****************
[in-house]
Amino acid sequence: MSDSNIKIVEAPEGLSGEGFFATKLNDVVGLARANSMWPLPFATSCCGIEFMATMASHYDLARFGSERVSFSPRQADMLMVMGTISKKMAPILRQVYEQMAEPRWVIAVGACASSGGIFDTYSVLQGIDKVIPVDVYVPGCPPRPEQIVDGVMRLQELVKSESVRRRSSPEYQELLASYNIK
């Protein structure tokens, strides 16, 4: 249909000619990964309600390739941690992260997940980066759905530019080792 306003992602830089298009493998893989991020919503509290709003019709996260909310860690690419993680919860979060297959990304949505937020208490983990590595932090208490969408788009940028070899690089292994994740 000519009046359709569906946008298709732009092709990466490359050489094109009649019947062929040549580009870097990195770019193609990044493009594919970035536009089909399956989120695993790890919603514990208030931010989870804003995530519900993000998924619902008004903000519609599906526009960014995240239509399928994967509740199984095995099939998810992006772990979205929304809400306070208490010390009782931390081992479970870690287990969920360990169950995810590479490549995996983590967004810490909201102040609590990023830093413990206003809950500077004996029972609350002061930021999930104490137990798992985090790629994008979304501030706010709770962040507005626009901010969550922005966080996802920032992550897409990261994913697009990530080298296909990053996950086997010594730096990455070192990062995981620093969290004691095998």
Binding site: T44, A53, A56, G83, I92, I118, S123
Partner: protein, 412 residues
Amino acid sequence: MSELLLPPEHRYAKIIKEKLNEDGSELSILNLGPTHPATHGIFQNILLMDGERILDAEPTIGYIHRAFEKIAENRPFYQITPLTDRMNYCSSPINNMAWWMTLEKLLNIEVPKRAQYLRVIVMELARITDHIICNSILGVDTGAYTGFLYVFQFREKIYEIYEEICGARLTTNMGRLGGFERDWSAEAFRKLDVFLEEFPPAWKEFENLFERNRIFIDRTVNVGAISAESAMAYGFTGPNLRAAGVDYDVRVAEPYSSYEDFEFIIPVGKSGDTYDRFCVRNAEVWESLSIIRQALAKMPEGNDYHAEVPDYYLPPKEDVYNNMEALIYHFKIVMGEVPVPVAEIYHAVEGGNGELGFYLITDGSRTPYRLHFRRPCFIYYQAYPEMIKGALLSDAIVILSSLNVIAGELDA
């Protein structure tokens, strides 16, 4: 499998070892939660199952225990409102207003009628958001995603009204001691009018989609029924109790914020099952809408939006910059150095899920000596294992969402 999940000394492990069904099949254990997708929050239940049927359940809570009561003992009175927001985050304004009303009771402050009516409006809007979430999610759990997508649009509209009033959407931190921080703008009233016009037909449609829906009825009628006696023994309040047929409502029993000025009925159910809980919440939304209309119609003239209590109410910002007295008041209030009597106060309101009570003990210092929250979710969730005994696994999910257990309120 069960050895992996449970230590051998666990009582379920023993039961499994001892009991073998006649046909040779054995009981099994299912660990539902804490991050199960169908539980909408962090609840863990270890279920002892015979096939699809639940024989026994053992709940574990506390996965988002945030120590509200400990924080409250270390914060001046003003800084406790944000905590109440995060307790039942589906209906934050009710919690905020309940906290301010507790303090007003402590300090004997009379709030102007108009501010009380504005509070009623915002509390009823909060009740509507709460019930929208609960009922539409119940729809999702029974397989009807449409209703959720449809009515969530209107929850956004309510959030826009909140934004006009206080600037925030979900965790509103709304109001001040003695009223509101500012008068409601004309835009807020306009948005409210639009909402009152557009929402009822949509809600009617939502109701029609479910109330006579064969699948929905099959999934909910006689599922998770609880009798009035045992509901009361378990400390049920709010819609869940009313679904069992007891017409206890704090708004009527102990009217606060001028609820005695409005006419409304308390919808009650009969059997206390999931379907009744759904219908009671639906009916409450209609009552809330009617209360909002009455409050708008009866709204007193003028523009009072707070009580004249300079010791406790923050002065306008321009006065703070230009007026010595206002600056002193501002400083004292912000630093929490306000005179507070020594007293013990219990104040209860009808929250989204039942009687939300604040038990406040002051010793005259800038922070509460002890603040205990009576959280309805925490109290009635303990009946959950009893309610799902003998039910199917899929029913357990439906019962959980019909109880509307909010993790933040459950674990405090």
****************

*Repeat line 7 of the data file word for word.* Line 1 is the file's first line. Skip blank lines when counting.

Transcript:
């Protein structure tokens, strides 16, 4: 499998070892939660199952225990409102207003009628958001995603009204001691009018989609029924109790914020099952809408939006910059150095899920000596294992969402 999940000394492990069904099949254990997708929050239940049927359940809570009561003992009175927001985050304004009303009771402050009516409006809007979430999610759990997508649009509209009033959407931190921080703008009233016009037909449609829906009825009628006696023994309040047929409502029993000025009925159910809980919440939304209309119609003239209590109410910002007295008041209030009597106060309101009570003990210092929250979710969730005994696994999910257990309120 069960050895992996449970230590051998666990009582379920023993039961499994001892009991073998006649046909040779054995009981099994299912660990539902804490991050199960169908539980909408962090609840863990270890279920002892015979096939699809639940024989026994053992709940574990506390996965988002945030120590509200400990924080409250270390914060001046003003800084406790944000905590109440995060307790039942589906209906934050009710919690905020309940906290301010507790303090007003402590300090004997009379709030102007108009501010009380504005509070009623915002509390009823909060009740509507709460019930929208609960009922539409119940729809999702029974397989009807449409209703959720449809009515969530209107929850956004309510959030826009909140934004006009206080600037925030979900965790509103709304109001001040003695009223509101500012008068409601004309835009807020306009948005409210639009909402009152557009929402009822949509809600009617939502109701029609479910109330006579064969699948929905099959999934909910006689599922998770609880009798009035045992509901009361378990400390049920709010819609869940009313679904069992007891017409206890704090708004009527102990009217606060001028609820005695409005006419409304308390919808009650009969059997206390999931379907009744759904219908009671639906009916409450209609009552809330009617209360909002009455409050708008009866709204007193003028523009009072707070009580004249300079010791406790923050002065306008321009006065703070230009007026010595206002600056002193501002400083004292912000630093929490306000005179507070020594007293013990219990104040209860009808929250989204039942009687939300604040038990406040002051010793005259800038922070509460002890603040205990009576959280309805925490109290009635303990009946959950009893309610799902003998039910199917899929029913357990439906019962959980019909109880509307909010993790933040459950674990405090």